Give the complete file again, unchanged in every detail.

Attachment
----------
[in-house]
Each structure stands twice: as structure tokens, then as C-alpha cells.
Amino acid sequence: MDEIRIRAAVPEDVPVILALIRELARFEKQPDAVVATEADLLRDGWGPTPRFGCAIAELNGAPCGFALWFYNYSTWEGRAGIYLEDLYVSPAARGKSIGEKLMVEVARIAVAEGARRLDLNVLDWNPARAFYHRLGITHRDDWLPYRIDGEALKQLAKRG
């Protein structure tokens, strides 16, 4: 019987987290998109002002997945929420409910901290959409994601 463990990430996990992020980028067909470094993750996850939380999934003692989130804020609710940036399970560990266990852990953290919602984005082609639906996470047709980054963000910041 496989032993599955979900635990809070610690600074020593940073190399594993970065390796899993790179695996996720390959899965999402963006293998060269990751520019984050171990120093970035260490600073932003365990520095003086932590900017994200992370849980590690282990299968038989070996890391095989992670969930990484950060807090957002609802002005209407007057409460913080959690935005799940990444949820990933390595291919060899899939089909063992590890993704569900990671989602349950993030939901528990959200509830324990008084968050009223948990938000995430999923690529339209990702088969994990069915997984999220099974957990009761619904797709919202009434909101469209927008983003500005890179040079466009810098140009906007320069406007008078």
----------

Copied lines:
[in-house]
Each structure stands twice: as structure tokens, then as C-alpha cells.
Amino acid sequence: MDEIRIRAAVPEDVPVILALIRELARFEKQPDAVVATEADLLRDGWGPTPRFGCAIAELNGAPCGFALWFYNYSTWEGRAGIYLEDLYVSPAARGKSIGEKLMVEVARIAVAEGARRLDLNVLDWNPARAFYHRLGITHRDDWLPYRIDGEALKQLAKRG
């Protein structure tokens, strides 16, 4: 019987987290998109002002997945929420409910901290959409994601 463990990430996990992020980028067909470094993750996850939380999934003692989130804020609710940036399970560990266990852990953290919602984005082609639906996470047709980054963000910041 496989032993599955979900635990809070610690600074020593940073190399594993970065390796899993790179695996996720390959899965999402963006293998060269990751520019984050171990120093970035260490600073932003365990520095003086932590900017994200992370849980590690282990299968038989070996890391095989992670969930990484950060807090957002609802002005209407007057409460913080959690935005799940990444949820990933390595291919060899899939089909063992590890993704569900990671989602349950993030939901528990959200509830324990008084968050009223948990938000995430999923690529339209990702088969994990069915997984999220099974957990009761619904797709919202009434909101469209927008983003500005890179040079466009810098140009906007320069406007008078």